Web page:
Monday, January 02, 2006

War on Charters

Post lifted from Eric Kendall

The war on charter schools continues apace, prosecuted by a coalition of teachers unions and other special interests tied to the public education establishment. The latest battle in this protracted struggle is taking place right now in front of the Ohio Supreme Court in Columbus, which is currently hearing arguments in a lawsuit filed in 2001challenging the constitutionality of charter schools as presently organized and funded here. A central issue, according to an account in today's Cleveland Plain Dealer:

The coalition contends the alternate system of publicly funded charter schools violates the constitutional requirement of a common system of schools because they are privately run - often by for-profit firms - and lack the oversight of an elected school board.

For your edification, here is what I take to be the relevant passage of the Constitution of the State of Ohio (Article 6, Section 2):

Paragraph 2: Schools funds

The General Assembly shall make such provisions, by taxation, or otherwise, as, with the income arising from the school trust fund, will secure a thorough and efficient system of common schools throughout the state; but no religious or other sect, or sects, shall ever have any exclusive right to, or control of, any part of the school funds of this state

How should one define "a thorough and efficient system of common schools throughout the state" exactly? I can only presume that the current system of government-run primary and secondary schools, administered by local school districts and funded, at least in part, by the state, is deemed to fulfill this constitutional requirement. Indeed, the anti-charter crowd seems to want the constitutional definition of "common schools" strictly limited to institutions of that particular mold. But why? From the Plain Dealer:

Carney and Chad Readler, a lawyer representing several charter schools, countered that charter schools are public schools in every sense of the word:

They are publicly funded and nonsectarian, they don't charge tuition, they don't discriminate, their teachers are state-certified and they administer state-required tests.

There is certainly nothing in the text of the Constitution of the State of Ohio itself that necessitates such a narrow definition of "common schools" as that which the anti-charter forces prefer. The fact of the matter is that the coalition of interests who brought this suit simply do not want their de facto monopoly over primary and secondary education challenged or curtailed in any way. This suit isn't about education; it's about power and privilege.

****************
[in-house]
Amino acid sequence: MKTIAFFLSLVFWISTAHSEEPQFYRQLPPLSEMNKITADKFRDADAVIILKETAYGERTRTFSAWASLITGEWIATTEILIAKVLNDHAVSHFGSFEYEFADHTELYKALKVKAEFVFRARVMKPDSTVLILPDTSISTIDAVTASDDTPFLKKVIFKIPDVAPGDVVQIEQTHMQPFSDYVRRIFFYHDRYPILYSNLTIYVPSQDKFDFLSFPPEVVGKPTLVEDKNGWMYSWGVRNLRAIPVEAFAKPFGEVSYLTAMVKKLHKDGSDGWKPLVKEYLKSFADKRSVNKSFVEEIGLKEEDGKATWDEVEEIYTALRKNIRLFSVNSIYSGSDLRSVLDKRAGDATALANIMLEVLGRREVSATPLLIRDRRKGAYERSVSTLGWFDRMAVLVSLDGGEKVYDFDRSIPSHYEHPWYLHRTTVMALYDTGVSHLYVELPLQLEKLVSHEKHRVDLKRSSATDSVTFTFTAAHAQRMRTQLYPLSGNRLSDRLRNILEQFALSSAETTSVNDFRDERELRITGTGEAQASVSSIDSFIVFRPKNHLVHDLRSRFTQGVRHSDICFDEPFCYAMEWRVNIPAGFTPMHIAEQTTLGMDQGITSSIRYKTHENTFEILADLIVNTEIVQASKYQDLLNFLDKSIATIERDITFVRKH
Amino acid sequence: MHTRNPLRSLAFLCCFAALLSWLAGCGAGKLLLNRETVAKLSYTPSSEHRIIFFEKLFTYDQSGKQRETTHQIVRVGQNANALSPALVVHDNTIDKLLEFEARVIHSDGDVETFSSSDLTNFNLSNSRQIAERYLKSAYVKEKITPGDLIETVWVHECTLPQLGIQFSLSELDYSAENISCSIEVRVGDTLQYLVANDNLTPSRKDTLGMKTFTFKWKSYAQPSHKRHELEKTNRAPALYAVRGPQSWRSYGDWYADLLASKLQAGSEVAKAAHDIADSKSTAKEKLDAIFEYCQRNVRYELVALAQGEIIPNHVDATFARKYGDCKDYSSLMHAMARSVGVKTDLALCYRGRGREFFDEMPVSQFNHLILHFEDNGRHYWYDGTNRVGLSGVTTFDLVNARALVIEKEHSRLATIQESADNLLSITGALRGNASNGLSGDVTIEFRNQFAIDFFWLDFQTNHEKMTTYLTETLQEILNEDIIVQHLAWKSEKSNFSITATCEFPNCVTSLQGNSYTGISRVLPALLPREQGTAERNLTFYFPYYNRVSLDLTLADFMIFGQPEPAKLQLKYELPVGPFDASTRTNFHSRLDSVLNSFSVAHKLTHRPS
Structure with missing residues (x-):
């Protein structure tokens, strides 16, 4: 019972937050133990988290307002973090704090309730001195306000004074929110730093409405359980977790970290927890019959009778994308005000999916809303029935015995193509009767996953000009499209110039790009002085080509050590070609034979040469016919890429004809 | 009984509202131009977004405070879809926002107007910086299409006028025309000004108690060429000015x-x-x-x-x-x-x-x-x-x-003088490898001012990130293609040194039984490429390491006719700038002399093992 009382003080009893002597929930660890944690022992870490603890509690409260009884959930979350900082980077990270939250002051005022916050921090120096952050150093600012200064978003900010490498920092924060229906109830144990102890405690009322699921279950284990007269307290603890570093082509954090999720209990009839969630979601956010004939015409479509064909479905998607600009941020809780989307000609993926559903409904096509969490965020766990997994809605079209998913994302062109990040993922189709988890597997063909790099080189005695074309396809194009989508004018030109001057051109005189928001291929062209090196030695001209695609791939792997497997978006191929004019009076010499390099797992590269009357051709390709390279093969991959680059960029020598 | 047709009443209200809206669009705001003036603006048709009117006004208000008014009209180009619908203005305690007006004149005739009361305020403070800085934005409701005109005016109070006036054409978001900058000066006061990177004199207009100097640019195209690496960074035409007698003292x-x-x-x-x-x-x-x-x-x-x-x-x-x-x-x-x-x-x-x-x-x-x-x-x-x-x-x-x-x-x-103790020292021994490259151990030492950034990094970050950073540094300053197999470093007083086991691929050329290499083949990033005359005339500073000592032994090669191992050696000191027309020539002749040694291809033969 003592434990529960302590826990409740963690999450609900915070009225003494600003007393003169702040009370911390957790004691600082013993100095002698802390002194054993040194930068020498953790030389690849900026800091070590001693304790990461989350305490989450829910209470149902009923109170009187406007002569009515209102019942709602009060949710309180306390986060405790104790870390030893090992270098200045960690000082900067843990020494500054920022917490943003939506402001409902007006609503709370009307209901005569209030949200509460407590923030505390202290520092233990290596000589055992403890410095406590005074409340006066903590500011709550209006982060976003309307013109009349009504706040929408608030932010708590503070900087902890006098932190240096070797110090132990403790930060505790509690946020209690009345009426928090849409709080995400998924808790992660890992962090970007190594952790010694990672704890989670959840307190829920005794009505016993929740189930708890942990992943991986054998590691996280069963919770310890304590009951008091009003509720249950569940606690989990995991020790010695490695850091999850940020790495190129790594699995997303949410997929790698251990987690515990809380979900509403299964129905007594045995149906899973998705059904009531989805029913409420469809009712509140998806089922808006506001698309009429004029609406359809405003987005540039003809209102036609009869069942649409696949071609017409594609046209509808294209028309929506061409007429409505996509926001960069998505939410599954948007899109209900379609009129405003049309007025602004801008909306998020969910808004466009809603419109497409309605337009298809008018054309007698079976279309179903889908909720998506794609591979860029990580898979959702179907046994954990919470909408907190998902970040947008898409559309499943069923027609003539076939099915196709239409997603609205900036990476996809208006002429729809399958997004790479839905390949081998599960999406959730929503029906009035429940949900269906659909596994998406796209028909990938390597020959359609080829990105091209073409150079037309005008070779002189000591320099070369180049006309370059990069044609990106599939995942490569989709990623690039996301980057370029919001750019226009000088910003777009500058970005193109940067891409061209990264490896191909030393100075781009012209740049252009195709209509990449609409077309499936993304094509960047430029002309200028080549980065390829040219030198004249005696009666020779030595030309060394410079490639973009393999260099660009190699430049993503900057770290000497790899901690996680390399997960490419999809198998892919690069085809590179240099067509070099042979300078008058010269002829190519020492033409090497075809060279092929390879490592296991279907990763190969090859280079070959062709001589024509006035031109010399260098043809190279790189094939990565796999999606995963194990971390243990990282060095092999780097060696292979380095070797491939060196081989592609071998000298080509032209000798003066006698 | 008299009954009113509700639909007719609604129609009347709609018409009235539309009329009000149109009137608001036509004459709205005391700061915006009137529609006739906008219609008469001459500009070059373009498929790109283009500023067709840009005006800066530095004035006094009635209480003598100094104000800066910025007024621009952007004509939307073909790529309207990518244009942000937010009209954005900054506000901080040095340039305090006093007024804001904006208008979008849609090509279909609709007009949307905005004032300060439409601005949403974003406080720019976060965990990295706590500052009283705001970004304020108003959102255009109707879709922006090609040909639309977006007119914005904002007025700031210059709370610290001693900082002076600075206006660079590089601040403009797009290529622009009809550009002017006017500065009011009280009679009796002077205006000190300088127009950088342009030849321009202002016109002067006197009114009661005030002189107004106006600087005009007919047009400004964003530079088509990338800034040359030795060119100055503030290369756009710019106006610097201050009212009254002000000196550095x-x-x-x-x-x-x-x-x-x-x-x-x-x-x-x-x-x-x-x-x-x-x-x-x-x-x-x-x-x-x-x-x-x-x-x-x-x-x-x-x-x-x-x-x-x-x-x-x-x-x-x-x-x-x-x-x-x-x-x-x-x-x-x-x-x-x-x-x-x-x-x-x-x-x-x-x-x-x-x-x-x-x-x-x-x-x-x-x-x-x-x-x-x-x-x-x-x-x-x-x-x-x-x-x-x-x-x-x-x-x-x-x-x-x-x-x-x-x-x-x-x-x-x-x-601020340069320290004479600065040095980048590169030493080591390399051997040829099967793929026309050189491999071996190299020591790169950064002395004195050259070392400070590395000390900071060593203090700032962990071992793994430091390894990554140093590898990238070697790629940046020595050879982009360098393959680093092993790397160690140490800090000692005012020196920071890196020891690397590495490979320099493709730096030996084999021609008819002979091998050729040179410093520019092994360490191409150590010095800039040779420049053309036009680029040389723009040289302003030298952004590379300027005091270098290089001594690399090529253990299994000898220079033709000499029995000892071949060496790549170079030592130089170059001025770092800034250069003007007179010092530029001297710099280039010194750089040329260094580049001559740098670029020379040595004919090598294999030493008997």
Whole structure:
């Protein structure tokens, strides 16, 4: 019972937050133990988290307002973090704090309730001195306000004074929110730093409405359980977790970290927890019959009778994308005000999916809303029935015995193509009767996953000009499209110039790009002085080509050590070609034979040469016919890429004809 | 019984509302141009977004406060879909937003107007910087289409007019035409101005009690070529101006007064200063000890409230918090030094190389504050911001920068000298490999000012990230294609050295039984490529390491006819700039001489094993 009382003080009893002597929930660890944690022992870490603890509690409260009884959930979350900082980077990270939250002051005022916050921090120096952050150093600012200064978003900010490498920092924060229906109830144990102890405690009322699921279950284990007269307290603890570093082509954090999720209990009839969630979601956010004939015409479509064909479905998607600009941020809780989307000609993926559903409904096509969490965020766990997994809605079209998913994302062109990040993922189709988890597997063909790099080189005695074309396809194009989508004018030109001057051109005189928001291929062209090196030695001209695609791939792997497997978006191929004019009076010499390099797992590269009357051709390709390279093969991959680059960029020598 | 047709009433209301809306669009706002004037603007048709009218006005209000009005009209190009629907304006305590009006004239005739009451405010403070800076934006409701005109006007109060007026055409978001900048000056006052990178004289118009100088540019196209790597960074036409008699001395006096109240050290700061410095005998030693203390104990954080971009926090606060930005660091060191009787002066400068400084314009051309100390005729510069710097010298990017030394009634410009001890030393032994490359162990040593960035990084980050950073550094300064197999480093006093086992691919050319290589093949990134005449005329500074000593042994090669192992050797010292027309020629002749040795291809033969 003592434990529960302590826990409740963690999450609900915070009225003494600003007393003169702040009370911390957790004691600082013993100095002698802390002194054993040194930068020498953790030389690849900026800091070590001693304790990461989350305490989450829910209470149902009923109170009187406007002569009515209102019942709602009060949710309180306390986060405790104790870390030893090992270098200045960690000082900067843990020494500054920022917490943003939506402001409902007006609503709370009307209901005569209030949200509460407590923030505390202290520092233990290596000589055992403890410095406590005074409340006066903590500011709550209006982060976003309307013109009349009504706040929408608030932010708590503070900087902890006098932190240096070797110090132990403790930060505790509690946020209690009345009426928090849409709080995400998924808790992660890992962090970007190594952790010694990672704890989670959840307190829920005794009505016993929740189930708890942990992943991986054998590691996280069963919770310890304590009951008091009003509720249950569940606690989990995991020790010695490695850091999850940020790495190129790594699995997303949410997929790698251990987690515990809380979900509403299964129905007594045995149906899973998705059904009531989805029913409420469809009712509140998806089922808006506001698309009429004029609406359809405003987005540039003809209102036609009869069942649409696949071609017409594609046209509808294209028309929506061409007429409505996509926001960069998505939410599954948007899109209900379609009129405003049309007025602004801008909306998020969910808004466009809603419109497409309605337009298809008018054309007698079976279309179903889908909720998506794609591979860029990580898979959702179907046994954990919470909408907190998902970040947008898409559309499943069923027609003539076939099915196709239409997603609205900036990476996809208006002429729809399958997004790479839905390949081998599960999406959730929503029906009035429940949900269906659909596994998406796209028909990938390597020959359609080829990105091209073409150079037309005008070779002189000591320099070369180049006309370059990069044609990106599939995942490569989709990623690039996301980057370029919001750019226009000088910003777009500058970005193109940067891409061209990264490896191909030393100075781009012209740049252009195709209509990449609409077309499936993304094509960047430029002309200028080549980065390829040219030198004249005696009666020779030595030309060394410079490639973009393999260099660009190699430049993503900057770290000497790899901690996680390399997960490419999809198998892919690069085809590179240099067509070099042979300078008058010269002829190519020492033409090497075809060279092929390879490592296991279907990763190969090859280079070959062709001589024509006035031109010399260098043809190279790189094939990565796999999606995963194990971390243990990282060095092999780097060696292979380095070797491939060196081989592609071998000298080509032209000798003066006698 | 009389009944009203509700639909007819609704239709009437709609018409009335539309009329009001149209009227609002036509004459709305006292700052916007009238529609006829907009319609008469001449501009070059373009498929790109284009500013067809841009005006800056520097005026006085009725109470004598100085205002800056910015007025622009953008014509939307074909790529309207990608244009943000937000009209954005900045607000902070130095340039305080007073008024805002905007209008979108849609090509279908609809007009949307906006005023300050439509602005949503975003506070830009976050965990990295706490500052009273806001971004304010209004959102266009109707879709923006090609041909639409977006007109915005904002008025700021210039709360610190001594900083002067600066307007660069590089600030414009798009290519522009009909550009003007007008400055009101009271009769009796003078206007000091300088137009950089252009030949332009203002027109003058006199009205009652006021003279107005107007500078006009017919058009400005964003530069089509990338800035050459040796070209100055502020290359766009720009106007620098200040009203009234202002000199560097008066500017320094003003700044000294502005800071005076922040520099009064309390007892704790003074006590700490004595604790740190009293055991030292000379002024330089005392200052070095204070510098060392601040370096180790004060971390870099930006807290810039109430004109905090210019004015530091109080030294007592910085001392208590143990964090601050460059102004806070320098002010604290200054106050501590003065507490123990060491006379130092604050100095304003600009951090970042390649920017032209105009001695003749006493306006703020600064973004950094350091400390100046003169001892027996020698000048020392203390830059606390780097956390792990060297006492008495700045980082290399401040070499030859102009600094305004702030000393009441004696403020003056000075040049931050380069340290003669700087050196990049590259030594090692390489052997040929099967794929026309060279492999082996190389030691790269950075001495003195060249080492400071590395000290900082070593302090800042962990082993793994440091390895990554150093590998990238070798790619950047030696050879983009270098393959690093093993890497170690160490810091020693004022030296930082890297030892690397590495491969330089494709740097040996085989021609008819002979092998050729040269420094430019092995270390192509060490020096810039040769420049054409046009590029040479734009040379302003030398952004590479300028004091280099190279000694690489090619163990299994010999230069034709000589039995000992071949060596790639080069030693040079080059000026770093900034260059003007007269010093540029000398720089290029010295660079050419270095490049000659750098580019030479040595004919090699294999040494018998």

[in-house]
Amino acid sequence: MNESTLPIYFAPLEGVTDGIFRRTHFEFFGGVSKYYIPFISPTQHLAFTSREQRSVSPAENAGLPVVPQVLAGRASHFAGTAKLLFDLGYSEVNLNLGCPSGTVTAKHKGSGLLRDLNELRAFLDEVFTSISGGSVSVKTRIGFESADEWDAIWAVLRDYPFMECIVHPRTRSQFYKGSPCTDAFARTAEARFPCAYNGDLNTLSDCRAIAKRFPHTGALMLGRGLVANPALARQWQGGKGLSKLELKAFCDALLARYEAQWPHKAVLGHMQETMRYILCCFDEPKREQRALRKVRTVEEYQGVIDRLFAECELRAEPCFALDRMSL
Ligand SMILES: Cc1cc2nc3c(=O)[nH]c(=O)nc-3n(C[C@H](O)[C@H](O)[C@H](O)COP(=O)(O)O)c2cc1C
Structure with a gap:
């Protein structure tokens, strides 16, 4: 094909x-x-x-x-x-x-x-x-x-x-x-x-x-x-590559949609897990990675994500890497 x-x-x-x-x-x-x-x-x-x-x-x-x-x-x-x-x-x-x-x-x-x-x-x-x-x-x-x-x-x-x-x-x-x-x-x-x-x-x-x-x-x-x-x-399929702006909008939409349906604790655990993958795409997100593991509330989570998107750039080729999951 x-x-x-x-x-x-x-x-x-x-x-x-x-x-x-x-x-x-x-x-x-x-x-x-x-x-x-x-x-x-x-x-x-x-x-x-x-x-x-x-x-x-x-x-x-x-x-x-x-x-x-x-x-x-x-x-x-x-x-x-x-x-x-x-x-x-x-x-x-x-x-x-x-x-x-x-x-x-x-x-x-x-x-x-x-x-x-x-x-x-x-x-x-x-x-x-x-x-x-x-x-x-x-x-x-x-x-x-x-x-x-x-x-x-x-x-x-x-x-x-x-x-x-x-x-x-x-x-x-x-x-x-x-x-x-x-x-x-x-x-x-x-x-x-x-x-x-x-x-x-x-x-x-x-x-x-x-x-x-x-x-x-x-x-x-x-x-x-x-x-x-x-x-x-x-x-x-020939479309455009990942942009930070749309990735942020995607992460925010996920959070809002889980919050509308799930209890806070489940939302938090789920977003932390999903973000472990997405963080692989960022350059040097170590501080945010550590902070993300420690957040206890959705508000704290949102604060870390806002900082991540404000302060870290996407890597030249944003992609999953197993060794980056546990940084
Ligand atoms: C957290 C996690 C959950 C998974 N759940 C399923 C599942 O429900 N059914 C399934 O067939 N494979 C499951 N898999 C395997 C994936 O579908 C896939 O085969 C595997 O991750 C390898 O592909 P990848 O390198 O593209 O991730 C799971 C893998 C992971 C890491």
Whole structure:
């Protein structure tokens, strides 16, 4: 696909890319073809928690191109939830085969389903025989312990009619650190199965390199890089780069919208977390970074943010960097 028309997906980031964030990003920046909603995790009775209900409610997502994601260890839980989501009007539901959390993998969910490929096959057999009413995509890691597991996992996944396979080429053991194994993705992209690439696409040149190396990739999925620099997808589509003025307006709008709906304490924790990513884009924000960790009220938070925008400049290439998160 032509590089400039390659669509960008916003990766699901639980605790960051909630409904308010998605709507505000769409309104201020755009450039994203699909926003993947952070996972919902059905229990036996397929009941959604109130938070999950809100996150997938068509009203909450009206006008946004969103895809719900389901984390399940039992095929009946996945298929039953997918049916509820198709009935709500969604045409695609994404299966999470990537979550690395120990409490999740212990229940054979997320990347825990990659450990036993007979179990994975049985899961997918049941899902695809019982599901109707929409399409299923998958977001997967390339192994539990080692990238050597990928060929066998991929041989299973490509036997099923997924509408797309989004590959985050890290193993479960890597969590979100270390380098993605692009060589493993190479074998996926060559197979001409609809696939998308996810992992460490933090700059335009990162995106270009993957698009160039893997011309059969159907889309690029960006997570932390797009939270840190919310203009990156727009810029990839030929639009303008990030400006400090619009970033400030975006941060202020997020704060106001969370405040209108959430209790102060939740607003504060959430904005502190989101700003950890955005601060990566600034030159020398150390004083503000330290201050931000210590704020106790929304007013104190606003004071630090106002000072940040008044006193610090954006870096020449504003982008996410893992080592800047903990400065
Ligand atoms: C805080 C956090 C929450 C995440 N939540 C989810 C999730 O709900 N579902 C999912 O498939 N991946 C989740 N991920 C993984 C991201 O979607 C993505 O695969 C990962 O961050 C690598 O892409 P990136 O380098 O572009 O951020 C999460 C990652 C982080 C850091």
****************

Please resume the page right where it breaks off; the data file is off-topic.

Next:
Bourgeois values produce a good environment for bourgeois kids?

San Francisco Unified is governed by an elected Board of Education and, like all other public school districts in California, reports to the state Department of Education and receives the bulk of its funding from the state. The mayor has no official role in the public schools, with the exception of the ability to appoint replacements for school board members who leave office before their terms end. That said, mayors depend on the reputation of public schools to lure families and businesses to the city.

One thing that's crystal clear: San Francisco's scores on the state's Academic Performance Index have steadily improved. This year, the district posted a 745 on a scale of 200 to 1,000 with 800 considered excellent. Other scores include 643 in Fresno, 649 in Los Angeles, 688 in Sacramento, 713 in Long Beach and 726 in San Diego.

All ethnic groups in San Francisco are improving, though African American students in particular continue to struggle greatly, posting the worst scores of any African Americans in the state. Their most recent scores in San Francisco are 576, compared to 636 for Latinos, 832 for Asians and 833 for whites.

For that reason, school board President Eric Mar, who has clashed with Ackerman and by extension Newsom, said the city's test scores aren't necessarily worth bragging about for Newsom or anybody else. "It strikes me that he's listened to the public relations department of the school district," Mar said. "If he looked a lot more closely, he would see that there are many challenges, especially for low-income and African American students in the district that we have to address."

More here


For greatest efficiency, lowest cost and maximum choice, ALL schools should be privately owned and run -- with government-paid vouchers for the poor and minimal regulation.

The NEA and similar unions worldwide believe that children should be thoroughly indoctrinated with Green/Left, feminist/homosexual ideology but the "3 R's" are something that kids should just be allowed to "discover"

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